Table 1

Socio-Demographic and Clinical Profile of the patients attending the out-patient clinic

Categories

N (%) Pts. without Catatonia (Total=749)

N (%) Catatonia

Pts (Total=22)

X2 / t-value

Significance (p-value)

Age at presentation (in years)

   

6.45

0.039

  • 18-45

447(59.7)

19(86.4)

-2.9

0.1

  • 46-65

279(37.2)

3(13.6)

5.3

0.02*

  • >65

23(3.1)

0

0.48

0.5

Mean (Years + S.D.)

36.4+14.8

25.3+9.6

3.5

0.0005

Gender

   

0.002

1

Male

421(56.2)

12(54.5)

   

Female

328(43.8)

10(45.5)

   

Marital Status

   

0.055

0.82

Married

461(61.5)

13 (59.1)

   

Unmarried

288(38.5)

9(40.9)

   

Domicile

   

0.019

1

Rural

656(87.6)

20 (90.9)

   

Urban

93(12.4)

2 (9.1)

   

Duration of presenting illness (days)

   

1.93

0.38

  • <30

366(48.8)

11(50)

-0.001

1

  • 31 – 180

309(41.3)

7(31.8)

0.787

0.5

  • >180

74(9.9)

4(18.2)

-1.836

0.15

Mean (Days + S.D.)

232.4+663.7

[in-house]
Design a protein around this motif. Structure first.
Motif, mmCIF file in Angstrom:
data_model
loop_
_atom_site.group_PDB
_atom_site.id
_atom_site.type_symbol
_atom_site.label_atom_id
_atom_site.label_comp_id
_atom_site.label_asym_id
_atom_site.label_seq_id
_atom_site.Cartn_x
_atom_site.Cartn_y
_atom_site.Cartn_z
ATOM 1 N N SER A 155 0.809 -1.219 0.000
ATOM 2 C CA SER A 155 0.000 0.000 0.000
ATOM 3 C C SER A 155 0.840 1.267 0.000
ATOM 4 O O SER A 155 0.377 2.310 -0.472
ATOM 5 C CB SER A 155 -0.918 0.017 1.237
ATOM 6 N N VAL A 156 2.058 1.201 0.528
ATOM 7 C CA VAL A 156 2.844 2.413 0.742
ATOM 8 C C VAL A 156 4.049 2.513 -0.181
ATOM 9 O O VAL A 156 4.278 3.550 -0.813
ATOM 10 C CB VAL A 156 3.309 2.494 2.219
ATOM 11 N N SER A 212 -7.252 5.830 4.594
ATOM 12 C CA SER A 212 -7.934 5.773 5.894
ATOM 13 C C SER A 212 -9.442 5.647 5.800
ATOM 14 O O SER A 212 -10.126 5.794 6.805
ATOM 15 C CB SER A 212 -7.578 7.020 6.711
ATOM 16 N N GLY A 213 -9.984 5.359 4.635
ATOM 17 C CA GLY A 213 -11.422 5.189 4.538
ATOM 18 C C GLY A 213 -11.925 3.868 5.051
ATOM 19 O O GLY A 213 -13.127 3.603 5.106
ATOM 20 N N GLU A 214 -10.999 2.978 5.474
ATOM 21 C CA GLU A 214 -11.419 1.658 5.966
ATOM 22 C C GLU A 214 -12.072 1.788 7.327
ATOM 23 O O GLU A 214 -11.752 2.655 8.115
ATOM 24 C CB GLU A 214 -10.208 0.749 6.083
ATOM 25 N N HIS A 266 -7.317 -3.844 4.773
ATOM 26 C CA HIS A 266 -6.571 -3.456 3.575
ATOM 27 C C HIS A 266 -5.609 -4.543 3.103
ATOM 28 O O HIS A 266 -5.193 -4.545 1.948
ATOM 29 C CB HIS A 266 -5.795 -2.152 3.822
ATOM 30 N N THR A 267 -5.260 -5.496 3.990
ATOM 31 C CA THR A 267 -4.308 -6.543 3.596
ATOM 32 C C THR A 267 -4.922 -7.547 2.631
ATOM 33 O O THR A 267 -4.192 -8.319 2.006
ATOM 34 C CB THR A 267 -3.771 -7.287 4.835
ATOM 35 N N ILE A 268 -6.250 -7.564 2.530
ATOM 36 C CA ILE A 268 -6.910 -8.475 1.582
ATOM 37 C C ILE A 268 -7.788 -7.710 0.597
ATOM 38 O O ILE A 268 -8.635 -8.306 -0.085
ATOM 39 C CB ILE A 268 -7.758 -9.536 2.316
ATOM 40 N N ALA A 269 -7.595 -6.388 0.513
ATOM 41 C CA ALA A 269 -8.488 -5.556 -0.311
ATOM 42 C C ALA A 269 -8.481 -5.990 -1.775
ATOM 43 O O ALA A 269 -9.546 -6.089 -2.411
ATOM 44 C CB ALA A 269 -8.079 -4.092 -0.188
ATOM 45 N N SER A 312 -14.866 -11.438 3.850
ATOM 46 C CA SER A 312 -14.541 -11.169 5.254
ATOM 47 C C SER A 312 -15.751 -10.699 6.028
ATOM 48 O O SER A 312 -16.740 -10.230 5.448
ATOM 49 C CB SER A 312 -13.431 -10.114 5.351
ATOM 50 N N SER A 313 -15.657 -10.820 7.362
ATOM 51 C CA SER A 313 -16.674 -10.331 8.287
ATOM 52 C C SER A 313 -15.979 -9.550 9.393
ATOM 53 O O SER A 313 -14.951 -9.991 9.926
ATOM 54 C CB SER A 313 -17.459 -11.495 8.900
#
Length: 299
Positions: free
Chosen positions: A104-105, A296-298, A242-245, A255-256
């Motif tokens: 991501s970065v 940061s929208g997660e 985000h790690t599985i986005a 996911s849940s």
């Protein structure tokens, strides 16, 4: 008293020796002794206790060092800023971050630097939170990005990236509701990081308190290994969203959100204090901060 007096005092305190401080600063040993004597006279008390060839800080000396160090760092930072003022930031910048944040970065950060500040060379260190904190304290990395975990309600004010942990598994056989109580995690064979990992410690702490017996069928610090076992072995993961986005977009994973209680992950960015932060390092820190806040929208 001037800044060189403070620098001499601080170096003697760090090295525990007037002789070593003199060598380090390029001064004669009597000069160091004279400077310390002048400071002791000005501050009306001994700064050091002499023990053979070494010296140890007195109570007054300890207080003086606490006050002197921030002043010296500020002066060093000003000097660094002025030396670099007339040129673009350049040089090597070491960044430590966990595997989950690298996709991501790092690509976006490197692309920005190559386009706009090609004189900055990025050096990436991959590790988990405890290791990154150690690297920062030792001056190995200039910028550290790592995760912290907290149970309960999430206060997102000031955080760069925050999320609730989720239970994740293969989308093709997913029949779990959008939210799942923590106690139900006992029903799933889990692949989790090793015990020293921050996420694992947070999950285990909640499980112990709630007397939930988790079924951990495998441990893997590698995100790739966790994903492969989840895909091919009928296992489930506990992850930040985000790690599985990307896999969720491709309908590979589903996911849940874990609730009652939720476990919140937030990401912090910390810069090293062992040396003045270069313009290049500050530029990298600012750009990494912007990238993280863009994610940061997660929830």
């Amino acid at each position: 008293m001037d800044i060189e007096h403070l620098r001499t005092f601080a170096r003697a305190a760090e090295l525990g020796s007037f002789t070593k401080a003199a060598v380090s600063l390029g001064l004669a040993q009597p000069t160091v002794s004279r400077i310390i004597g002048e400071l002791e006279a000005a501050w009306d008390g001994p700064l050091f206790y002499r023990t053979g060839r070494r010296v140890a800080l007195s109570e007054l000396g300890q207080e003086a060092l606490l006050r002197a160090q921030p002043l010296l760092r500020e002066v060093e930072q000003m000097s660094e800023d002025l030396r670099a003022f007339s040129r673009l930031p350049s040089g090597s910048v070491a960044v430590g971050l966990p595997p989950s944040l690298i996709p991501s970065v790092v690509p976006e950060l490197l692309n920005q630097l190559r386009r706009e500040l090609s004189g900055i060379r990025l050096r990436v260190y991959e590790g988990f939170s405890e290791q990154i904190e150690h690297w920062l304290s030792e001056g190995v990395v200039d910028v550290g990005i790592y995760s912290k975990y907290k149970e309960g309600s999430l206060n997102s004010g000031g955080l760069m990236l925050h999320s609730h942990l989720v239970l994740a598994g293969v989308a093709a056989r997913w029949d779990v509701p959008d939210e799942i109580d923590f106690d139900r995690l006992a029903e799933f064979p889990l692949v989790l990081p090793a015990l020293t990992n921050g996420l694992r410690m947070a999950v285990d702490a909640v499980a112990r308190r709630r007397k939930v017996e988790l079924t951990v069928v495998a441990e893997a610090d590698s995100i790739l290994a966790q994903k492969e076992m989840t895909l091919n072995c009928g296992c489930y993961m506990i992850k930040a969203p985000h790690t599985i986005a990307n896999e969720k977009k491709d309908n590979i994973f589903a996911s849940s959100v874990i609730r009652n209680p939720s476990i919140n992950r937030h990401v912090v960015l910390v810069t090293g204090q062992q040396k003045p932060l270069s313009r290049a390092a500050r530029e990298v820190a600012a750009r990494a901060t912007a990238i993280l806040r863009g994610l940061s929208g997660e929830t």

282.8+624.6

-0.3

0.72

Number of episodes

   

0.79

0.67

  • 1

652(87.1)

18(81.8)

0.57

0.5

  • 2

81(10.8)

3(13.6)

-0.15

0.7

  • >2

16(2.1)

1(4.5)

-0.85

0.4

Mean  + S.D.

1.1+0.5

1.2+0.5

- 0.9

0.35

F/ H for psychiatric illness

   

19.8

0.00005

  • Negative

323(43.1)

20(90.9)

-15.873

0.0001†

  • +ve for Mood Disorders

282(37.6)

1(4.5)

6.707

0.001‡

  • +ve for Schizophrenia

144(19.2)

1(4.5)

3.2

0.098

CGI-SI score + S.D.

3.92 + 2.12

4.16 + 1.92

-0.54

0.59

* Odds ratio = 0.27, Relative Risk = 0.27

† Odds ratio = 13.2, Relative Risk = 12.5:   ‡ Odds Ratio = 0.08, Relative Risk = 0.08:

S.D. = Standard deviation: X2 =Chi-square:  F/H= family history

CGI-SI: Clinical Global Impressions- Severity of Illness